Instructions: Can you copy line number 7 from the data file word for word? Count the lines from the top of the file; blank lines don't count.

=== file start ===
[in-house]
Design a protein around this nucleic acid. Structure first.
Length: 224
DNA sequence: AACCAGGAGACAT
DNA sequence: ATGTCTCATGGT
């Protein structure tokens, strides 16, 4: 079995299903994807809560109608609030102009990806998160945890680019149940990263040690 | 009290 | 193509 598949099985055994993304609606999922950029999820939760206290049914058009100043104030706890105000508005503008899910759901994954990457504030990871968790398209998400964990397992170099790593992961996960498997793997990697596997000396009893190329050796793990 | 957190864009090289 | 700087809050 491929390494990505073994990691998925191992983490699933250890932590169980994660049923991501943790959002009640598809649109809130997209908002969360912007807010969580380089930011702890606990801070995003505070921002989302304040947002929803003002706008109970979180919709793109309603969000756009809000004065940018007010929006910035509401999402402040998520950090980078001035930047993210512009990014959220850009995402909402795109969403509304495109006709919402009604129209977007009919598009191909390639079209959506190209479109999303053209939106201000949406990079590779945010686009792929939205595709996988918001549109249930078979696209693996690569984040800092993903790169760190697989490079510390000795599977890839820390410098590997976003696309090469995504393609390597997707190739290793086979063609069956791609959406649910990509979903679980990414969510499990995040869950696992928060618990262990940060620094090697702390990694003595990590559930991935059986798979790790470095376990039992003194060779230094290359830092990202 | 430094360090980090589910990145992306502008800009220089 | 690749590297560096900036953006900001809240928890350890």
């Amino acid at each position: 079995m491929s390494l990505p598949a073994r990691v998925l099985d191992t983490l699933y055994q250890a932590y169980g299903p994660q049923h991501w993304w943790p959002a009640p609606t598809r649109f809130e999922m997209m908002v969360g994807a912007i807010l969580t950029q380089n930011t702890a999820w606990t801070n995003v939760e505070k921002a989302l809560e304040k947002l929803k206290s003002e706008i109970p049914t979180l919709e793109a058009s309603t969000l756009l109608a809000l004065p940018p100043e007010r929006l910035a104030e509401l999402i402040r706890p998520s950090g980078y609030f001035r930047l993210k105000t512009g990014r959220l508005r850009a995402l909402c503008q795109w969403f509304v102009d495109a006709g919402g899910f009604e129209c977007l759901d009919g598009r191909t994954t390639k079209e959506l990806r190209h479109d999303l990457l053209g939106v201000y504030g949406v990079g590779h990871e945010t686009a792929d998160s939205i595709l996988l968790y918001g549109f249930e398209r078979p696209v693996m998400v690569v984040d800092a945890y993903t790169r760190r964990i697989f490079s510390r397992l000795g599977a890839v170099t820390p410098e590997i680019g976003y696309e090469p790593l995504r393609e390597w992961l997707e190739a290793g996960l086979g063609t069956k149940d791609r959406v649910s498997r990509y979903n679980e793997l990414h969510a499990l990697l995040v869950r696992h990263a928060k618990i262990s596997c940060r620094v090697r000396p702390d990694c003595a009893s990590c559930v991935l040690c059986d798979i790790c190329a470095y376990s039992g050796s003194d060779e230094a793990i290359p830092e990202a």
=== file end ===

């Amino acid at each position: 079995m491929s390494l990505p598949a073994r990691v998925l099985d191992t983490l699933y055994q250890a932590y169980g299903p994660q049923h991501w993304w943790p959002a009640p609606t598809r649109f809130e999922m997209m908002v969360g994807a912007i807010l969580t950029q380089n930011t702890a999820w606990t801070n995003v939760e505070k921002a989302l809560e304040k947002l929803k206290s003002e706008i109970p049914t979180l919709e793109a058009s309603t969000l756009l109608a809000l004065p940018p100043e007010r929006l910035a104030e509401l999402i402040r706890p998520s950090g980078y609030f001035r930047l993210k105000t512009g990014r959220l508005r850009a995402l909402c503008q795109w969403f509304v102009d495109a006709g919402g899910f009604e129209c977007l759901d009919g598009r191909t994954t390639k079209e959506l990806r190209h479109d999303l990457l053209g939106v201000y504030g949406v990079g590779h990871e945010t686009a792929d998160s939205i595709l996988l968790y918001g549109f249930e398209r078979p696209v693996m998400v690569v984040d800092a945890y993903t790169r760190r964990i697989f490079s510390r397992l000795g599977a890839v170099t820390p410098e590997i680019g976003y696309e090469p790593l995504r393609e390597w992961l997707e190739a290793g996960l086979g063609t069956k149940d791609r959406v649910s498997r990509y979903n679980e793997l990414h969510a499990l990697l995040v869950r696992h990263a928060k618990i262990s596997c940060r620094v090697r000396p702390d990694c003595a009893s990590c559930v991935l040690c059986d798979i790790c190329a470095y376990s039992g050796s003194d060779e230094a793990i290359p830092e990202a």